Well, it’s an interesting thing because one of the things that appealed to me about this is that I was… The character is older than them and more life experienced than them, and I’m older than the actors, you know? It was a fun, interesting kind of thing to be old. I’ve done this before. That was one of the fun things about it, that it was a bit of a move, that he has sort of been there, done that and wasn’t really into a lot of the younger problems that they were having or the indulgent parts. I don’t think that I get caught up in their fun, but part of the interesting challenge of the characters was how do you… You can’t be in a show where you only just want to get away from the other characters. It’s hard to find mutual ground and deepen the friendships so it’s not just about, “Alright, listen, I’ve gotta put up with you because you’re my wife’s friend,” especially if the wife is now out of the picture. What happens in this season is the beginning of the deepening of those relationships, of me with the other characters.
Shep seems to have a handle on who Jess is and seems to be somewhat passive when it comes to her foibles. Why do you think that is?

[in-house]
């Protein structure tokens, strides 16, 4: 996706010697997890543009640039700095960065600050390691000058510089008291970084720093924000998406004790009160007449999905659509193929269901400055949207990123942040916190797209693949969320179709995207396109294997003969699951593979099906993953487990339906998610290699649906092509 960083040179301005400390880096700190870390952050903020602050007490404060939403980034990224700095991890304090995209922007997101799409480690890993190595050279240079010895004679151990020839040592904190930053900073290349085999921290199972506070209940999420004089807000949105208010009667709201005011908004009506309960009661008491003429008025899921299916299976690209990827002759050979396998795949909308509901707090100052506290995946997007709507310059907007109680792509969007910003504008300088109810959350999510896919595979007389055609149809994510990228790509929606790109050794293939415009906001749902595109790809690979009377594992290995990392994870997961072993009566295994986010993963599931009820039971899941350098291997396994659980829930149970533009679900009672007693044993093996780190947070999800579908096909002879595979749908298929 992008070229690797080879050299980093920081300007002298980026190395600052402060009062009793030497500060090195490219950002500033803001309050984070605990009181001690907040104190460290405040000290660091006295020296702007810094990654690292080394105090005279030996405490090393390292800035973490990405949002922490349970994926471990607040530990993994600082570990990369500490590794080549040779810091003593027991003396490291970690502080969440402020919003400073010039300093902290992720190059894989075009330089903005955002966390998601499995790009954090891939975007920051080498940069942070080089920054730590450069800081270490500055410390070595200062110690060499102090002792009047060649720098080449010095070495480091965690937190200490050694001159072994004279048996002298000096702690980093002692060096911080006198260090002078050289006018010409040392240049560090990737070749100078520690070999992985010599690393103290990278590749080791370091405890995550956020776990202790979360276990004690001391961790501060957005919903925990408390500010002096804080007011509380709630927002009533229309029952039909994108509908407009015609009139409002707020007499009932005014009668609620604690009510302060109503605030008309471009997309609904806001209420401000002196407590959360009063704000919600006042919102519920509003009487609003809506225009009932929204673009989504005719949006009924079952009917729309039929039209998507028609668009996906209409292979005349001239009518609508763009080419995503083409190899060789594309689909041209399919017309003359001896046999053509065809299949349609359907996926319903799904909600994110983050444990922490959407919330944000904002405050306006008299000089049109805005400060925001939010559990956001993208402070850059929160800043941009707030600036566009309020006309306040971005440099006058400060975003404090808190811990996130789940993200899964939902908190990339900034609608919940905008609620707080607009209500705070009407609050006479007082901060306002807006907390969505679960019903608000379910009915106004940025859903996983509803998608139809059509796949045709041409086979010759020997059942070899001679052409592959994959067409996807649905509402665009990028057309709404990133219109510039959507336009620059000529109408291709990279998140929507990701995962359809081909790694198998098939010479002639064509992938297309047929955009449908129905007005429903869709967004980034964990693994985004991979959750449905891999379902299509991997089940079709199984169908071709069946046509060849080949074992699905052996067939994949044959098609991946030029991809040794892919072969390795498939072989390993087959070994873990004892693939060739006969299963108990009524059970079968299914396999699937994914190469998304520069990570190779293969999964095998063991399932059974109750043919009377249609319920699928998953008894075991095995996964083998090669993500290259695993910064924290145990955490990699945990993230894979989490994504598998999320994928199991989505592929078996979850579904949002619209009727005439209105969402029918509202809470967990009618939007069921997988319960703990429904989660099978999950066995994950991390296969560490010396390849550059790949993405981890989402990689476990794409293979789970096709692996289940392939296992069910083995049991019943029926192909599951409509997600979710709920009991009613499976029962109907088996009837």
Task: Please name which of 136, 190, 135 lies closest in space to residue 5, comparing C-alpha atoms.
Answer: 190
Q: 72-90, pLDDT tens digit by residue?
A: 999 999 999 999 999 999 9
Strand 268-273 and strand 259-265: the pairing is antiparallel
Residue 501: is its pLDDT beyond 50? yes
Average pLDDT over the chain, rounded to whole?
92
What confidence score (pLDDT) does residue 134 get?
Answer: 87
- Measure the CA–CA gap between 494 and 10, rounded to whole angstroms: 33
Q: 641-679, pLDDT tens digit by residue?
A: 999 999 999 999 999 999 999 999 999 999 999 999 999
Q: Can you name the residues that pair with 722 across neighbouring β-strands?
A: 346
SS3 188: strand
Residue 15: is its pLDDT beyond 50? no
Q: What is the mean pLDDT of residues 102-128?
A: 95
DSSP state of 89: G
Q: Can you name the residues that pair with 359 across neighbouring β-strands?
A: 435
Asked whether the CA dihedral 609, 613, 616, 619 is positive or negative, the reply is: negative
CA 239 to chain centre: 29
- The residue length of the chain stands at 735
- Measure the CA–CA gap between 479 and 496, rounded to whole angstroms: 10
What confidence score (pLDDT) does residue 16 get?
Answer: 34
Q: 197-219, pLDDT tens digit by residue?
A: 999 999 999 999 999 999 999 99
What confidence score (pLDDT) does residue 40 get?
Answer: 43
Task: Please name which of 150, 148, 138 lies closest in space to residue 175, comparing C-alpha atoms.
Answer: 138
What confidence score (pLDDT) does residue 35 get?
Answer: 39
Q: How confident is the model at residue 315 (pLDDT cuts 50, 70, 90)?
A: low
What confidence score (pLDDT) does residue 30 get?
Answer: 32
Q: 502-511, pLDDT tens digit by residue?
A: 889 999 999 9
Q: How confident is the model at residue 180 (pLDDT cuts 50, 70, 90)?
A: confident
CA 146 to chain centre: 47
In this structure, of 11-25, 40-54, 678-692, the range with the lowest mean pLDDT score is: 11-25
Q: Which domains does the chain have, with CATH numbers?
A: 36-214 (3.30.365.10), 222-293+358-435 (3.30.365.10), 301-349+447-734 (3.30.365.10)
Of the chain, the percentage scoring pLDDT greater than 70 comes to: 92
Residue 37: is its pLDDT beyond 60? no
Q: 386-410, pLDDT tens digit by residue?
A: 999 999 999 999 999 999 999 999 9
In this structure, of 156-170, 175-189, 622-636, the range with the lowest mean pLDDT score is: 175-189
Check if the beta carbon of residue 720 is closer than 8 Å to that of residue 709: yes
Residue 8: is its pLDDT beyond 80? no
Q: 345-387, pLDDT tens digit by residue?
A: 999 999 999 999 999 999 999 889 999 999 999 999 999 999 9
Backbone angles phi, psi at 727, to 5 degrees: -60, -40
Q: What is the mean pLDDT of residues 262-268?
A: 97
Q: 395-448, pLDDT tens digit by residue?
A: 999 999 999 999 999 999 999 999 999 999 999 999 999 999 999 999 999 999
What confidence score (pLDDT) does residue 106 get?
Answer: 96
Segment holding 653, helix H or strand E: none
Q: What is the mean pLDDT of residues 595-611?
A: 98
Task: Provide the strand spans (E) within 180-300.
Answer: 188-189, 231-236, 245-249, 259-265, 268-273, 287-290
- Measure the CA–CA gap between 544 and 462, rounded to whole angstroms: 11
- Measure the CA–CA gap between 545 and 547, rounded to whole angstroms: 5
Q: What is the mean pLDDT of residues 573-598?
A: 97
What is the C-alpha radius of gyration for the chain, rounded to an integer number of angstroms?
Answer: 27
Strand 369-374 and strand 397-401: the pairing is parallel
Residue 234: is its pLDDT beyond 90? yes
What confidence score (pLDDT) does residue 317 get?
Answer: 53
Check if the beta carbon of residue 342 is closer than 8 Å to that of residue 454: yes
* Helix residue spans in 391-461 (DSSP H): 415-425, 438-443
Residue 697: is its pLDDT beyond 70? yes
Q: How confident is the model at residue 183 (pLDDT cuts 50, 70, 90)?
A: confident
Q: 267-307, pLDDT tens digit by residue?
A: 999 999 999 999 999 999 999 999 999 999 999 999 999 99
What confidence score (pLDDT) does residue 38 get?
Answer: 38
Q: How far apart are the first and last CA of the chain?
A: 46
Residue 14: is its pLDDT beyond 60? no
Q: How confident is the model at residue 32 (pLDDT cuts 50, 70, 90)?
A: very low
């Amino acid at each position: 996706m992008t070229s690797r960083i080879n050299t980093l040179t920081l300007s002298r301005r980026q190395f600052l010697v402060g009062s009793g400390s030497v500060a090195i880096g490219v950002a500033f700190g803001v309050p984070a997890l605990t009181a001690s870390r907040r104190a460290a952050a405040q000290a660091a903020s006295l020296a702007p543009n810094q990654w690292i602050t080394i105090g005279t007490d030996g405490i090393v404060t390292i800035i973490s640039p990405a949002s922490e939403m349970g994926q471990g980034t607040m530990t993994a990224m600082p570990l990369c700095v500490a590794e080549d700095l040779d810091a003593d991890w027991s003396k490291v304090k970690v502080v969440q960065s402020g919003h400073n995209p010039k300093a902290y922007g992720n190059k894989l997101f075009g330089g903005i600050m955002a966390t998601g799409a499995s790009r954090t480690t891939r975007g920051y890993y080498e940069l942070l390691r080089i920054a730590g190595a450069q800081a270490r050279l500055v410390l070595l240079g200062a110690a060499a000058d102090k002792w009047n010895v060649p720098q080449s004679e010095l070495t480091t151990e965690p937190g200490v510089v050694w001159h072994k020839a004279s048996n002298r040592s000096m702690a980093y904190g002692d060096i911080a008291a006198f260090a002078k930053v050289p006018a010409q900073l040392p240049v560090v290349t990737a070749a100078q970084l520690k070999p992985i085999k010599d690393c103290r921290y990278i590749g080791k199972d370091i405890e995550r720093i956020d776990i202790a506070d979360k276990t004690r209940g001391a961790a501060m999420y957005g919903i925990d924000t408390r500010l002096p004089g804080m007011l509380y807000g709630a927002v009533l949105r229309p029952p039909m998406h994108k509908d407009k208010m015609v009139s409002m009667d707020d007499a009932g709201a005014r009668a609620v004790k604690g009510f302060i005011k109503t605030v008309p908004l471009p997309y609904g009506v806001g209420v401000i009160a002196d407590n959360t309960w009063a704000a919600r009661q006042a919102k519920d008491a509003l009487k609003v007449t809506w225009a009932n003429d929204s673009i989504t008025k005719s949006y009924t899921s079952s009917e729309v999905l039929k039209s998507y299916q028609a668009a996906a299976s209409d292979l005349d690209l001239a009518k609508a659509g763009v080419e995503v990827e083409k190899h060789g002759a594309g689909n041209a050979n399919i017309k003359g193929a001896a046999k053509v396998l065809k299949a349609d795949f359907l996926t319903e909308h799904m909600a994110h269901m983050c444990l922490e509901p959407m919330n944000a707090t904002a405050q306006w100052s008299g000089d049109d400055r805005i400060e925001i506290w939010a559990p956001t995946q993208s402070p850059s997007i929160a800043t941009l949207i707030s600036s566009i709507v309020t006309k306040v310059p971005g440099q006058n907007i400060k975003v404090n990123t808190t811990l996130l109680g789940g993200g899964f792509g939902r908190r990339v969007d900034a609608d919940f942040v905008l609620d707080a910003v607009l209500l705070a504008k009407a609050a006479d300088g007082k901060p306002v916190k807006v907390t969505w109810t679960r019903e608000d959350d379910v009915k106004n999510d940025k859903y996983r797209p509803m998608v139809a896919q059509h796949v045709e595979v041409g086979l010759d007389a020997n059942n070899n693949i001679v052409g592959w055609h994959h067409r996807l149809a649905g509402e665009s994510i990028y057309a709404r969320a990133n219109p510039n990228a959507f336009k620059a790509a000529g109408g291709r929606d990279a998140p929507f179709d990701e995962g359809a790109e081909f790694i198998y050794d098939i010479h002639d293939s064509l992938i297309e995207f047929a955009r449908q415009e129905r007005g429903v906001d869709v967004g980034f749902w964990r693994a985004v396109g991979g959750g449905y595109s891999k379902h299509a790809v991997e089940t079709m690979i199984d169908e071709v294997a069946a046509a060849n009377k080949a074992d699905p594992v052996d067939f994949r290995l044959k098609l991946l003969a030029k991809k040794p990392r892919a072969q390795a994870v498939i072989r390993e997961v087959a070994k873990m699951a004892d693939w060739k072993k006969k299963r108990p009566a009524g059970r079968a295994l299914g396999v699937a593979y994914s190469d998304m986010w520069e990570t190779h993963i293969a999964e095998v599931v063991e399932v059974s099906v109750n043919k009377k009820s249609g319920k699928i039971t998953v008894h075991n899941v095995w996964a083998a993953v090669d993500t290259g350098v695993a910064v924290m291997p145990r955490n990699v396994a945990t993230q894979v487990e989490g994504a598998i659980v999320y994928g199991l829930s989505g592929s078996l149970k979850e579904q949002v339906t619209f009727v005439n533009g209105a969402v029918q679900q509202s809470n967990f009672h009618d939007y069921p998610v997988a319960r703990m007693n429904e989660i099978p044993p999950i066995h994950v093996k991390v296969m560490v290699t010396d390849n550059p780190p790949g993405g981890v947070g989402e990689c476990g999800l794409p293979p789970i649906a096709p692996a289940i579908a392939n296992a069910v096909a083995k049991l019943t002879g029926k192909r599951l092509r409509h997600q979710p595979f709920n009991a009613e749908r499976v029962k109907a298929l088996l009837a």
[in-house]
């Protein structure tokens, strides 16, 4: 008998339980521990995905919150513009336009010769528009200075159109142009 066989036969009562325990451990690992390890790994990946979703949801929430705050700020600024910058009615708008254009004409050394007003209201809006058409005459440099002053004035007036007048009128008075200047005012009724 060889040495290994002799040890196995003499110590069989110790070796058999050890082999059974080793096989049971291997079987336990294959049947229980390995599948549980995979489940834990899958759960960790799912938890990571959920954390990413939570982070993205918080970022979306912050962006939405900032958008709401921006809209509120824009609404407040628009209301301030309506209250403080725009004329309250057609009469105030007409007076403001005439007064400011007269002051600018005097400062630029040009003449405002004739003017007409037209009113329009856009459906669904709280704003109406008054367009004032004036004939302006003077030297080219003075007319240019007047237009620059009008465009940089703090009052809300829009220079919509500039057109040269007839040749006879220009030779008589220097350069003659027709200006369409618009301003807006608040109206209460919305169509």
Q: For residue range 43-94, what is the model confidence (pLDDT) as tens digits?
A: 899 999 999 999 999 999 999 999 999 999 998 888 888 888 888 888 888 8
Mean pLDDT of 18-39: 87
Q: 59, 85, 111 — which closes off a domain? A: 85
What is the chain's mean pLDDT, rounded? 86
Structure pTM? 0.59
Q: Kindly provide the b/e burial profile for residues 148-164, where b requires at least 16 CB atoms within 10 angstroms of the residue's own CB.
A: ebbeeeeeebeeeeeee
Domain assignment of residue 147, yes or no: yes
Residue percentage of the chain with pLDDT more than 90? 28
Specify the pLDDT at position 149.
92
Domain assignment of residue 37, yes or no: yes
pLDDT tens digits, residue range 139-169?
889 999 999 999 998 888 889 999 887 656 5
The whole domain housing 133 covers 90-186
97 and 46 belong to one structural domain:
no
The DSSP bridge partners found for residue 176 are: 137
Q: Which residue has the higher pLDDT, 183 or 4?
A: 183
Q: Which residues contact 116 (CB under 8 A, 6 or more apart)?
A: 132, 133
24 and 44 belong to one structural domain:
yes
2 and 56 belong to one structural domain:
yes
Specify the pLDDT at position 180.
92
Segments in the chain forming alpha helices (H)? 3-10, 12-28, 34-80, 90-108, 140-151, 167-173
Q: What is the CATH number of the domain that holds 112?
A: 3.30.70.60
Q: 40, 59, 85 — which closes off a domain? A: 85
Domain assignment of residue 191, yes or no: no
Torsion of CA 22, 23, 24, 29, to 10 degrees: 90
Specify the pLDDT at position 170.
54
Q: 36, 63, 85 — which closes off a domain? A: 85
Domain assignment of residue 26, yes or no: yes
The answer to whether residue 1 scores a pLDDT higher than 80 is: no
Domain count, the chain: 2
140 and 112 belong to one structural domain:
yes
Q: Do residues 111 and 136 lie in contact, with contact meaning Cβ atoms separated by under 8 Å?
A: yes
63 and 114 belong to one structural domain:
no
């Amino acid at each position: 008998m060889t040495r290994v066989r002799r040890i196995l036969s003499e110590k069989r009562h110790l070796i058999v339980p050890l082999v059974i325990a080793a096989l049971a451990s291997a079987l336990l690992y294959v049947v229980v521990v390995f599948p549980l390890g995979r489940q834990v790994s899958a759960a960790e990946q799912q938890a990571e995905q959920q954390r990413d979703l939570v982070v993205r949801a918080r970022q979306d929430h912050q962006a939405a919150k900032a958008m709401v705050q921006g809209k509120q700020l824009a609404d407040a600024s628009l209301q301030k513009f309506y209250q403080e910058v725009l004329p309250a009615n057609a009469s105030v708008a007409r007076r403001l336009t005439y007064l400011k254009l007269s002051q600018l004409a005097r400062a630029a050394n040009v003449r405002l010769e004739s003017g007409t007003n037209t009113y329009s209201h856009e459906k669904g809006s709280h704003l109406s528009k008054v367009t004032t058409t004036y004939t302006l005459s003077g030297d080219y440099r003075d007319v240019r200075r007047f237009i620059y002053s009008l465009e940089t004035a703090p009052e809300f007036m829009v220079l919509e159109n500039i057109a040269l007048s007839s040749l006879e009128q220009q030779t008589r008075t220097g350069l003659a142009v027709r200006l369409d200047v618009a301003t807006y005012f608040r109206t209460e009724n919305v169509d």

Yeah, I think he very much knew what he was getting into, and she maybe didn’t as much as she thought she did. One of the things that appealed to me from the beginning was that this is a guy who, even though I have a kid, we sort of imply that I was never married, that I delayed getting married, or I just chose to never get married. Ironically, at a later age in life when I do, I marry this woman who very much doesn’t seem like marriage material. To me, I think that’s a thing to still investigate because I thought that was really interesting. If you’ve been so experienced, why did you end up with this really colorful, offbeat, untraditional, unpredictable partner? So, yeah, I think he’s very much aware, and there are some great scenes that come up in this season where it comes to a head a bit, and he knows, yes, he knows who she is, but not everything is acceptable at a certain point.
One of the things I really like most about the show is that the couples on the show are not model couples, but the show seems to stay away from the genius wife/dumb husband trope that many shows kind of fall into. Was that something that appealed to you about Married?